Seeding A Ground-Up Revolution

Tay Lai Hock is getting individuals, communities and corporations involved in the building of Kampung Kampus, which sits on a part of the former Bottle Tree Park in Khatib.

Tay Lai Hock is the inimitable founder of Ground-Up Initiative, a volunteer-run, non-profit organisation that seeks to nurture community spirit by connecting city dwellers to the land and one another. We speak to him about the birthing of his dream and the process of turning it into reality.




he December 1997 crash of SilkAir flight MI185 shocked Tay Lai Hock into rethinking his life path. For the then regional sales manager, the tragedy drove home the fact that life is unpredictable, and he eventually decided to quit his high-salaried job to travel the world. In 1999, he embarked on a backpacking trip to the African continent that was meant to last six months but later turned into a four-year journey to 35 countries.


From 2002 to 2007, in between freelance work that funded his travels, he visited various countries, at times doing volunteer work. He went to New Zealand for five months in 2007, volunteering in homes and villages that practise organic farming. The experience led to an epiphany of sorts.

He says: “The year 2007 was the turning point for me. It was the first time I saw a community coming together to farm. I saw beautiful compost toilets, an abundance of harvest, and people eating fresh food together. I saw how people conducted lectures in outdoor classrooms, saying, ‘If you want to lie down, you lie down.’ And I saw people lying down.

“I asked myself, ‘I’ve done many things for the past five years, trying to make changes, but what’s the missing link?’ And in the end, I realised it was the kampung, the community.’’ But Tay also saw how people seeking refuge in the ecovillage from a consumerist society eventually returned to the latter out of financial necessity. He wondered if there was a way to bridge the two.

That same year, he and a group of friends helped with flood-relief efforts in Malaysia. It was then that Tay first gave a name to what would eventually become his endeavour to solve Singapore’s problems of disconnection from nature. He called it the Ground-Up Initiative (GUI), which aims to nurture grounded leaders and build a 5G – Gracious, Green, Giving, Grounded, Grateful – community.

The name came about because a man whom Tay had worked with during that relief mission had asked for the name of the group. “I said we didn’t have a name, but he kept insisting that we must have one, so I came up with GUI on the spot – because we are not top-down in our approach,” says Tay.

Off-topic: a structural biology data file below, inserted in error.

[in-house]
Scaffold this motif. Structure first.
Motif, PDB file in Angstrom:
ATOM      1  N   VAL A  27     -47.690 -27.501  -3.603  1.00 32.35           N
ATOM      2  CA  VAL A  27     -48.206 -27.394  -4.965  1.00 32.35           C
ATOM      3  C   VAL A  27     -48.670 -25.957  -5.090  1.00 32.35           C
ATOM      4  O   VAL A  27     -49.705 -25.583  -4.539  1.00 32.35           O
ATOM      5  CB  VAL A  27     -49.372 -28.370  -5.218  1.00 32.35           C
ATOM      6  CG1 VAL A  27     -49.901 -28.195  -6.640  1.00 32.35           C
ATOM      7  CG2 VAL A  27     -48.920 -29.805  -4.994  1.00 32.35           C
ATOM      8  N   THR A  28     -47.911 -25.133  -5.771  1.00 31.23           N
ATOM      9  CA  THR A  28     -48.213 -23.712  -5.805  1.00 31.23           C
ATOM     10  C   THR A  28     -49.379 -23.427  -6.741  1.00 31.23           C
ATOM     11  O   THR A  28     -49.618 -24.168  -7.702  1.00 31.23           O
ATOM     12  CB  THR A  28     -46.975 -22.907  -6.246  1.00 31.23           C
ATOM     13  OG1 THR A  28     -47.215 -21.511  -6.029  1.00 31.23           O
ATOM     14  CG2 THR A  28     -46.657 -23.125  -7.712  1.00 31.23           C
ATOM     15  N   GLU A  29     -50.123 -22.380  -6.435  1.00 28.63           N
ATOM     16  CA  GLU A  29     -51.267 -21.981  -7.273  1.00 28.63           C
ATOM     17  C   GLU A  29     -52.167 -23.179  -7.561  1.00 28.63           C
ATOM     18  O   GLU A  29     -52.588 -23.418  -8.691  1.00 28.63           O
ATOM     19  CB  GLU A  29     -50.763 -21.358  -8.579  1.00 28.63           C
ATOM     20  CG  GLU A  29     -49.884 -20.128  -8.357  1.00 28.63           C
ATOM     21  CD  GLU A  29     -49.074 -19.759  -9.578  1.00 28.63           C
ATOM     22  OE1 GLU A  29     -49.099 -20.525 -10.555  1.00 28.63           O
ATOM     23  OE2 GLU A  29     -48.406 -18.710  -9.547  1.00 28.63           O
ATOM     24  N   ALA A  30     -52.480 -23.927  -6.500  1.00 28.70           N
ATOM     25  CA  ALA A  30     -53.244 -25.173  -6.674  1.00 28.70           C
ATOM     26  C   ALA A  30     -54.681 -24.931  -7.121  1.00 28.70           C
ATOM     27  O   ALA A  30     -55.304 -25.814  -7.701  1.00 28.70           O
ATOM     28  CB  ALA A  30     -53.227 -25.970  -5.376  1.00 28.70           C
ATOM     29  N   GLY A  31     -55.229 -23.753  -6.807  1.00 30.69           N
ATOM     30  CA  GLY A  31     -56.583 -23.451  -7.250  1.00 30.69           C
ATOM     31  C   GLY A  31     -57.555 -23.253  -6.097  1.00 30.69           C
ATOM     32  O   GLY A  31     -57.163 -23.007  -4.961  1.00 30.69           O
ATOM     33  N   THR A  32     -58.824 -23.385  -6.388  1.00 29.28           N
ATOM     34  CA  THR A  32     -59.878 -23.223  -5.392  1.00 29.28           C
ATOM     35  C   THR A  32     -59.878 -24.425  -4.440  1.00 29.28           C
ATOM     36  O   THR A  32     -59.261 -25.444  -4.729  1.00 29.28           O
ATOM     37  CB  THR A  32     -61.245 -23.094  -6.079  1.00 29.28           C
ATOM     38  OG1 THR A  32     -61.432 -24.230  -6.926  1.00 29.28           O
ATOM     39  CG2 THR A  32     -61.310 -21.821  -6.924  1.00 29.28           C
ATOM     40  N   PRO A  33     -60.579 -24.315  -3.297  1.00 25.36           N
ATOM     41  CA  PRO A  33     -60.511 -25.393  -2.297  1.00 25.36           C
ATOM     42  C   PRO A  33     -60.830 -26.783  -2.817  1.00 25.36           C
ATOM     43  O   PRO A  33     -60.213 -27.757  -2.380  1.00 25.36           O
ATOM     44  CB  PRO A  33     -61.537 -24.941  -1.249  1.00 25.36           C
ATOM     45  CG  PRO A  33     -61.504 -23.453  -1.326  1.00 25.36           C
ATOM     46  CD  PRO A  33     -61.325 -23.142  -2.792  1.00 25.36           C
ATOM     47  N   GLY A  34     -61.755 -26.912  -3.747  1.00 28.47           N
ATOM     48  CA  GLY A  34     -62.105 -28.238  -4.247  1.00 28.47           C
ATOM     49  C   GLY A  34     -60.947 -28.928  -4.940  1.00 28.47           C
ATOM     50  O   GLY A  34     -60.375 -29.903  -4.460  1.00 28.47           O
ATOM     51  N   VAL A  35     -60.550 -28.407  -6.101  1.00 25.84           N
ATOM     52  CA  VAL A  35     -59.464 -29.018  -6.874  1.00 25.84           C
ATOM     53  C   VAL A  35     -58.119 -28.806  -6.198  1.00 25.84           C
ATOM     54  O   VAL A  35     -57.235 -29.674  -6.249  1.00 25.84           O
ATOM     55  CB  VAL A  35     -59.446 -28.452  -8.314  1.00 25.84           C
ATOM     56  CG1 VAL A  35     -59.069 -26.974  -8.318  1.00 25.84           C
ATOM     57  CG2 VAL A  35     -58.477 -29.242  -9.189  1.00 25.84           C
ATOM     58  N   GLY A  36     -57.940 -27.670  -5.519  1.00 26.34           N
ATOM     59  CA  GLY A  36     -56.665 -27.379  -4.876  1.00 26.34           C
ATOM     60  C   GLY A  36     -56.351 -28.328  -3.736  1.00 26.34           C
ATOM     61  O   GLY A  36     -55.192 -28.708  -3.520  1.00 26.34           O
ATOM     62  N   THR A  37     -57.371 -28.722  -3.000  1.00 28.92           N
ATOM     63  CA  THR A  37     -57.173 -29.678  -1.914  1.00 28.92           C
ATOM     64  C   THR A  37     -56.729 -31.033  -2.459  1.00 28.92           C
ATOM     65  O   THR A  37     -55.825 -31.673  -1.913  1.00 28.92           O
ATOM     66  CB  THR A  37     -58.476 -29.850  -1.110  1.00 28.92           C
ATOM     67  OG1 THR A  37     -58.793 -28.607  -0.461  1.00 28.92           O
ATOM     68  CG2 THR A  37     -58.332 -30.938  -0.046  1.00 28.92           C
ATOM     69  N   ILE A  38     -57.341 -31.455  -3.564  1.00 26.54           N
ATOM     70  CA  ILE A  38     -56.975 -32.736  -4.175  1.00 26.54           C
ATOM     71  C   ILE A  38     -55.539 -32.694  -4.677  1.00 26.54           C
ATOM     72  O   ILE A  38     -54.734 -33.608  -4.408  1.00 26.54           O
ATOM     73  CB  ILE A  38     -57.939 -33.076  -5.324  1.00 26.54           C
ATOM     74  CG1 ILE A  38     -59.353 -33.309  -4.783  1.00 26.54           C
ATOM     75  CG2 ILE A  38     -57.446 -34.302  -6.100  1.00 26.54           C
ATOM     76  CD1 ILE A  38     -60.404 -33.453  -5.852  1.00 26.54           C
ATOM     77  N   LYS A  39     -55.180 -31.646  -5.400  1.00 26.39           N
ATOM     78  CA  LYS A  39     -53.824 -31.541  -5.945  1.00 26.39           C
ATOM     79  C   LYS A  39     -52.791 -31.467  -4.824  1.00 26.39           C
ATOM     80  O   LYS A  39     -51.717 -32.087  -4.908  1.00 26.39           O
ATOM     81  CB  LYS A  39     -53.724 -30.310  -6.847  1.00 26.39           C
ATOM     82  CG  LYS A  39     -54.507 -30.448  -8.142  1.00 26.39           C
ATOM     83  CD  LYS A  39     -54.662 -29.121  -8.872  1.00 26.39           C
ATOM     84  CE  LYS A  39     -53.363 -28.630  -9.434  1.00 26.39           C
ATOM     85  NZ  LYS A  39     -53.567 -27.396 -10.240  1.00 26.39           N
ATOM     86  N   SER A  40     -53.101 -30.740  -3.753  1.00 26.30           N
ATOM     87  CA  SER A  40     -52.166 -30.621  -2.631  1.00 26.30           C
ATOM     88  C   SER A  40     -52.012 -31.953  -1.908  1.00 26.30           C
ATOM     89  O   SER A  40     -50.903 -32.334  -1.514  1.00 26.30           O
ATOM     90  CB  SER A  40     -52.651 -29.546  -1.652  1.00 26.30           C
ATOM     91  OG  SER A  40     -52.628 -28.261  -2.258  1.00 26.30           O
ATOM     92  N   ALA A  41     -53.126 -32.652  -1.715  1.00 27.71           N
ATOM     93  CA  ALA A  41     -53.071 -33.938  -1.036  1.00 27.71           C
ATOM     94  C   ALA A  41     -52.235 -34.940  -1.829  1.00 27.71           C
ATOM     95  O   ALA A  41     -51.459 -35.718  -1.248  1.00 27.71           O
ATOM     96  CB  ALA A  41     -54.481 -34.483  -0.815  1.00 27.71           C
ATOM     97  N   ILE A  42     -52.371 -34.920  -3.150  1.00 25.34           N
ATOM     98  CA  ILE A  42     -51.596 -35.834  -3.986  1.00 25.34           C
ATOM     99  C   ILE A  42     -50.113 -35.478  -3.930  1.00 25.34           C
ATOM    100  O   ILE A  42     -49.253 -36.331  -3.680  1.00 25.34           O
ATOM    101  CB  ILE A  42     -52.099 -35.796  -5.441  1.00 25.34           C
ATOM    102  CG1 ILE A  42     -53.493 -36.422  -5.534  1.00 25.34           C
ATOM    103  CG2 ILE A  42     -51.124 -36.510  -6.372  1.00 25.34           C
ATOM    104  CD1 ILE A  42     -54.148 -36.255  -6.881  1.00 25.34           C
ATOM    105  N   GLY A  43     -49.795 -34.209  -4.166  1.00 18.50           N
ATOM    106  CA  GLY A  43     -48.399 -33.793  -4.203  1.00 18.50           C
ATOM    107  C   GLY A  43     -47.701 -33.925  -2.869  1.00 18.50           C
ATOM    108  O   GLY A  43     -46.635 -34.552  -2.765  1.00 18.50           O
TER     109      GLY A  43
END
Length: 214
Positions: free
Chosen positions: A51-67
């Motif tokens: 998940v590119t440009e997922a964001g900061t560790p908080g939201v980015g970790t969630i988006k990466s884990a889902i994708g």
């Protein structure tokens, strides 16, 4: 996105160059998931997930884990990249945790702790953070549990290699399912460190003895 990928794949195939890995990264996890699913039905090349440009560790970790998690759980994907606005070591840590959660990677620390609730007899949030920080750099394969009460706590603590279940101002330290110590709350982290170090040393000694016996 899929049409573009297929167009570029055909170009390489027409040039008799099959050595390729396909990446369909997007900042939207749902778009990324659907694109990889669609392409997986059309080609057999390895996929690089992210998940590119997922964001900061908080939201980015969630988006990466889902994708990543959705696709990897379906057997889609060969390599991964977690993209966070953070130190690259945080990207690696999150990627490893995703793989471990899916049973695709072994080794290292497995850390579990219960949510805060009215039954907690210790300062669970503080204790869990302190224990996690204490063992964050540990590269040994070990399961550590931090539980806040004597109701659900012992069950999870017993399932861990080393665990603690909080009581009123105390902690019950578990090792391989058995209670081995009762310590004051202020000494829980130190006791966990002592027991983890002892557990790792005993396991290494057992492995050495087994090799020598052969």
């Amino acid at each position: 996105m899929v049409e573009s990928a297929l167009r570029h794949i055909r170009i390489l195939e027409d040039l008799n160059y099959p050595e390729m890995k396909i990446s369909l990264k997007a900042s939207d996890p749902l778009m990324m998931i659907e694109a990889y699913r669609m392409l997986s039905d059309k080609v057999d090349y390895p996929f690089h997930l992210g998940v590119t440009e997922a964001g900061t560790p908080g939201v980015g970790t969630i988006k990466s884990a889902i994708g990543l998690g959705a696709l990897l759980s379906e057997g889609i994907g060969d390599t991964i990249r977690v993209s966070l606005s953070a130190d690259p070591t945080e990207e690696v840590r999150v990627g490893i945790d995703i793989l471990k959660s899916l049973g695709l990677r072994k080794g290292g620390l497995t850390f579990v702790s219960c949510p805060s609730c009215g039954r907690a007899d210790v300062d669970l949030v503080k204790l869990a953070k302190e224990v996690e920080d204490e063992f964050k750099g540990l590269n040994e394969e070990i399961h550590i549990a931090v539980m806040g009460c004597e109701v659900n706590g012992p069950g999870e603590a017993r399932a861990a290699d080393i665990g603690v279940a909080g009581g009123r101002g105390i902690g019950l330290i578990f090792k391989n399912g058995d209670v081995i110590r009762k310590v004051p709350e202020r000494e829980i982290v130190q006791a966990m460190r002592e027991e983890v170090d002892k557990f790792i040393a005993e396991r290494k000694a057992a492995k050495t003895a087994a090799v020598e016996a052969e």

In 2008, GUI established a physical presence on a small farming plot in Lim Chu Kang, before moving to a 1,100 sq ft plot at the former Bottle Tree Park in Khatib in 2009, which later expanded to 16,000 sq ft. There, it fostered activities like farming, carpentry and craftwork. Over the years, it has attracted more than 35,000 volunteers from all walks of life, 30 per cent of whom are non-Singaporeans.

GUI has also been teaching juvenile delinquents – sent by government agencies to be mentored – skills like water filtration and compost production. It eschews the charity model and earns income through its social entrepreneurship and leadership programmes for schools, government agencies and corporations.

Regional and international researchers have been visiting GUI to study it as a model of learning. Most recently, a team from the Knowledge and Human Development Authority of Dubai, United Arab Emirates, visited GUI in early March.

Tay feels that what is affecting people here is not so much material, but mental, emotional and spiritual poverty. He says: “When I first started GUI, people thought we were a farming organisation. I said, ‘No, no, we’re not. If there’s one thing I could ask you to farm, it would be your heart.’”


Last year, after its rent-free lease expired, GUI sublet a 280,000 sq ft plot of land from the Chong Pang Citizens’ Consultative Committee, which is leasing the land from the Singapore Government for six years. This plot is where GUI will establish a community learning campus called Kampung Kampus.

Expected to cost $6 million to build, Kampung Kampus will be a low-carbon footprint campus, featuring tropical sustainable architecture, farming plots, camp grounds and other facilities. It will feature education that integrates the arts, music, humanities, heritage and sustainability with technology, design thinking and craftsmanship. GUI is involving individuals, communities and corporations to help build it.

This big step has given Tay pause: “When I first started, I had no doubt that I’d go ahead with GUI because I wanted to make a regional impact. It’s only now that I’ve started asking myself, ‘Is this the right way?’ Now that we have the land for Kampung Kampus, we’ll have to raise $6 million to build it. It’s a heavy responsibility. But I tell my team, one should never stop just because we have no money.”

He adds: “It takes time to nurture community spirit from the ground up. I’m a soul sculptor. I know that I’ll never see the finished product if I die today. GUI was set up for the greater good of humanity and to save the earth.”

GUI, with Tay as Singapore’s country representative, is currently undergoing the accreditation process for joining the Global Ecovillage Network for Oceania and Asia, which is a global association of people and communities dedicated to building a sustainable future.




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